Thursday, 26th September, 9.30-10.30
Tony McEnery is Distinguished Professor of English Language and Linguistics at Lancaster University. He is the author of many books and papers on corpus linguistics, including Corpus Linguistics: Method, Theory and Practice (with Andrew Hardie, CUP, 2011). He was founding Director of the ESRC Corpus Approaches to Social Science (CASS) Centre, which was awarded the Queen's Anniversary Prize for its work on corpus linguistics in 2015.
The UK, Europe and the path to Brexit - the long view: Europe in two centuries of British newspapers.
When the UK voted to exit the European Union in 2016 many tried to understand the event. Opinion polls, the analysis of voting patterns, studies of the press in the run up to the vote, the role of social media and machine learning all came to prominence as people and organizations tried to understand what was an unexpected outcome for many.
In the research presented in this paper, undertaken with Helen Baker and Vaclav Brezina, we approached this question with a different mindset. Much of the work we have done in the past has been focused on exploring the development of attitudes and ideas, as reflected in language, over long stretches of time. We believe that in taking this approach we can start to understand long term trends that give rise to specific, notable, events.
Brexit was not the result of one or two months of campaigning. Brexit needs to be understood in the long term. Only by doing so can we begin to answer questions such as ‘How did the UK vote for Brexit when no major political party in the UK has ever campaigned to leave the EU?’, ‘How and why did attitudes to the EU change in the UK between it voting to stay in the EU in 1975 and voting to leave in 2016?’ and ‘What were the key events over time that led to Brexit?’.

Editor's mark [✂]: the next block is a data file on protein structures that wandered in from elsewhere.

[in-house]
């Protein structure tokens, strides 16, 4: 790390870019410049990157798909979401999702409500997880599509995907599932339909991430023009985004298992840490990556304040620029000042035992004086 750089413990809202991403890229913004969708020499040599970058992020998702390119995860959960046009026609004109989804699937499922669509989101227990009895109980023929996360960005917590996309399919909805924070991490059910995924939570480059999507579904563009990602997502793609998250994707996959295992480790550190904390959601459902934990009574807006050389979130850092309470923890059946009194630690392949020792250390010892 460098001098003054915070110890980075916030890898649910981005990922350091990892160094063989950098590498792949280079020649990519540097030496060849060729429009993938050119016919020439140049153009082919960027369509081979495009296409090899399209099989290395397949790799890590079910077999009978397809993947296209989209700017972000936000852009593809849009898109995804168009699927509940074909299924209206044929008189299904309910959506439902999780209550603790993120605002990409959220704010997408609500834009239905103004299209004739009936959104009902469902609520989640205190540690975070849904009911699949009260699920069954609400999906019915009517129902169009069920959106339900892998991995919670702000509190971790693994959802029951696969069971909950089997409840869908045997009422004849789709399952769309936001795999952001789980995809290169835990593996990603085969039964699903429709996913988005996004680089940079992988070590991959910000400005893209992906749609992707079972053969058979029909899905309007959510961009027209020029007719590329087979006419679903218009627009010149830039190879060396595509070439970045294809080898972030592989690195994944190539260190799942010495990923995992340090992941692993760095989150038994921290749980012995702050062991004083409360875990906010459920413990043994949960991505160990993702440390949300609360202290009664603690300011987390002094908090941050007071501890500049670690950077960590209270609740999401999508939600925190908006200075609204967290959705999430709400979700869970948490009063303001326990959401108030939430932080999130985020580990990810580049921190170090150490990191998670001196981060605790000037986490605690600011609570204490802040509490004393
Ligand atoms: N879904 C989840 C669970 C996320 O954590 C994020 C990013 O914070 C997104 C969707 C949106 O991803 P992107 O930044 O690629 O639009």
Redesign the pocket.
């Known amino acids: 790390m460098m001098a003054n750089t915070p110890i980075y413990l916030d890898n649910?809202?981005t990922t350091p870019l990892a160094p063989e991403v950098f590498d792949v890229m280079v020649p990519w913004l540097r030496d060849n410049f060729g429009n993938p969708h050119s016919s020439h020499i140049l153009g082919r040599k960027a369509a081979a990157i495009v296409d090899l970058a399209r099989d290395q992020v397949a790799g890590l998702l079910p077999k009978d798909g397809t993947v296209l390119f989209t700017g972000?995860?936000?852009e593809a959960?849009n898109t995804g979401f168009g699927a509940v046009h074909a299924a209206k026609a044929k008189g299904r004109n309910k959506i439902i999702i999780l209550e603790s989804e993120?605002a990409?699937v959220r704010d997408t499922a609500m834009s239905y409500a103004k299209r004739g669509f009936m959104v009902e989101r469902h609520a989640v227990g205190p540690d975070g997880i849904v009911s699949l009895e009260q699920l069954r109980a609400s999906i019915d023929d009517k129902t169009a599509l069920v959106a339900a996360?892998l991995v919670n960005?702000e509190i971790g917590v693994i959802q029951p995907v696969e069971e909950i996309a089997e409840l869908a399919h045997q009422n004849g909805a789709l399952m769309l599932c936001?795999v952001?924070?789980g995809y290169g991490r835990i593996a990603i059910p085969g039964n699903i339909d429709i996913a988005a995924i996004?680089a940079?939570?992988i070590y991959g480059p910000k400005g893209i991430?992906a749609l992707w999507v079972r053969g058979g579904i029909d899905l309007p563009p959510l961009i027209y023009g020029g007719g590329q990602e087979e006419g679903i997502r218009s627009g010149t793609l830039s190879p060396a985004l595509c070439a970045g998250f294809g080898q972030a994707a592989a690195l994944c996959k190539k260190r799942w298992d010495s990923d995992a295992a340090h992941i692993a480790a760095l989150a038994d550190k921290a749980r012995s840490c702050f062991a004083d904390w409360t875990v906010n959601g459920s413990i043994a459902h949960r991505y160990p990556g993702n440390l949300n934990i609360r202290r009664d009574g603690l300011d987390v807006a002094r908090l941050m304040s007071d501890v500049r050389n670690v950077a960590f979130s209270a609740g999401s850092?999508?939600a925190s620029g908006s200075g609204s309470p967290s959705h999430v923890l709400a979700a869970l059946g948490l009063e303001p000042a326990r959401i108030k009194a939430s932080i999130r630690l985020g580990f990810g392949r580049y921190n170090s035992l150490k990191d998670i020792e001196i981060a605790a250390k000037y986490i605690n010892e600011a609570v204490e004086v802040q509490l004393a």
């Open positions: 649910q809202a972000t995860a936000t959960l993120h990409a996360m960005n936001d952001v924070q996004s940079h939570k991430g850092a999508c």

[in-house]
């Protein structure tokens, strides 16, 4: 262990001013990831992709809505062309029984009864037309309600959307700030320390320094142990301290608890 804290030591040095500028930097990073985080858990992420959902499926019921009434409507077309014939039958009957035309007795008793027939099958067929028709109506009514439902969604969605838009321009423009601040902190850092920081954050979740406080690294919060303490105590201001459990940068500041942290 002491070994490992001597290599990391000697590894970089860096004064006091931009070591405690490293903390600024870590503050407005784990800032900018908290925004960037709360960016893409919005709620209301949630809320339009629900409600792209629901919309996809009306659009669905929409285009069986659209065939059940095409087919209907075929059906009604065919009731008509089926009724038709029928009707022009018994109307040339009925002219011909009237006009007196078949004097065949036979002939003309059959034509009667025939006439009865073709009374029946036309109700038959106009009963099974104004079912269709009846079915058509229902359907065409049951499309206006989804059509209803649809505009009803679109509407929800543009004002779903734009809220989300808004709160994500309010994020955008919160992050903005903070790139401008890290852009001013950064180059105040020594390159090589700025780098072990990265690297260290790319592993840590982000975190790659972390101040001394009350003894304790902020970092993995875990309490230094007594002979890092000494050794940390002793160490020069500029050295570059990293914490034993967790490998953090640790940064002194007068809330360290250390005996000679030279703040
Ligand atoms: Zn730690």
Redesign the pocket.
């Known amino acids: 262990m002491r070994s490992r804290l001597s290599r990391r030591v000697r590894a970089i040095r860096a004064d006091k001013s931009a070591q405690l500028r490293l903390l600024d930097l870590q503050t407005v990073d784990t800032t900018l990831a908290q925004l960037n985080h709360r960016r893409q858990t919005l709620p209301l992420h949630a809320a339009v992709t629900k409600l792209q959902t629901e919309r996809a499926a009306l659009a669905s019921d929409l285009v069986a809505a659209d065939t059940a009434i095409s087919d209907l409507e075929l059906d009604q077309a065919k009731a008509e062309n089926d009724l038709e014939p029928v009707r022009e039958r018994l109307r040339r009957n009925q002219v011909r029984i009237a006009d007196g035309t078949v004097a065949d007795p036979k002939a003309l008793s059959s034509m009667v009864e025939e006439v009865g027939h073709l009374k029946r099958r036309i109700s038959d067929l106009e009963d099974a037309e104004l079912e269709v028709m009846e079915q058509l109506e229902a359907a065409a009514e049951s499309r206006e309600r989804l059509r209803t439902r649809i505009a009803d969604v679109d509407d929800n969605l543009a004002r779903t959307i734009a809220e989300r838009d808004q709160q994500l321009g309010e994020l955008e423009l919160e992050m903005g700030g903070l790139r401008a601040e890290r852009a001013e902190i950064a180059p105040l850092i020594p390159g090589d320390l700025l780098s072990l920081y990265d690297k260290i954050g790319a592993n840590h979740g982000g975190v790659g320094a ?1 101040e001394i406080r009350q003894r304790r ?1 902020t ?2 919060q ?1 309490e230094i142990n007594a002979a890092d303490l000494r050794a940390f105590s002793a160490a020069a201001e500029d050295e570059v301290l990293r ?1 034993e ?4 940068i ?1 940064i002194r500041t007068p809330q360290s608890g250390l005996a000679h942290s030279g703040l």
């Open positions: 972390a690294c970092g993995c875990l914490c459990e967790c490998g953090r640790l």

In this talk, we will approach questions such as these in two ways. After a brief review of the history of British engagement with what is now called the EU, we will start by summarising what researchers in academic disciplines such as History and Politics say have been the major arguments for and against staying in the EU over time. We will follow that up by a study of one newspaper, from the 1960s to the present – The Times. We have access to all of the machine readable copies of the newspaper – over three billion words were published by it in this period alone. Using techniques pioneered by linguists to look at and start to comprehend data on this scale using computers, we will explore the totality of this data to look at how attitudes to the EU shifted over time and link those to historical events. By doing this we will start to show, for the first time, on a very large scale how British attitudes to the EU developed over time, as viewed through the prism of one very influential newspaper. In doing so we will also reflect on the claims made by the smaller scale, qualitative research, undertaken by Historians and Political Science researchers while gaining a deeper understanding of the drivers of Brexit.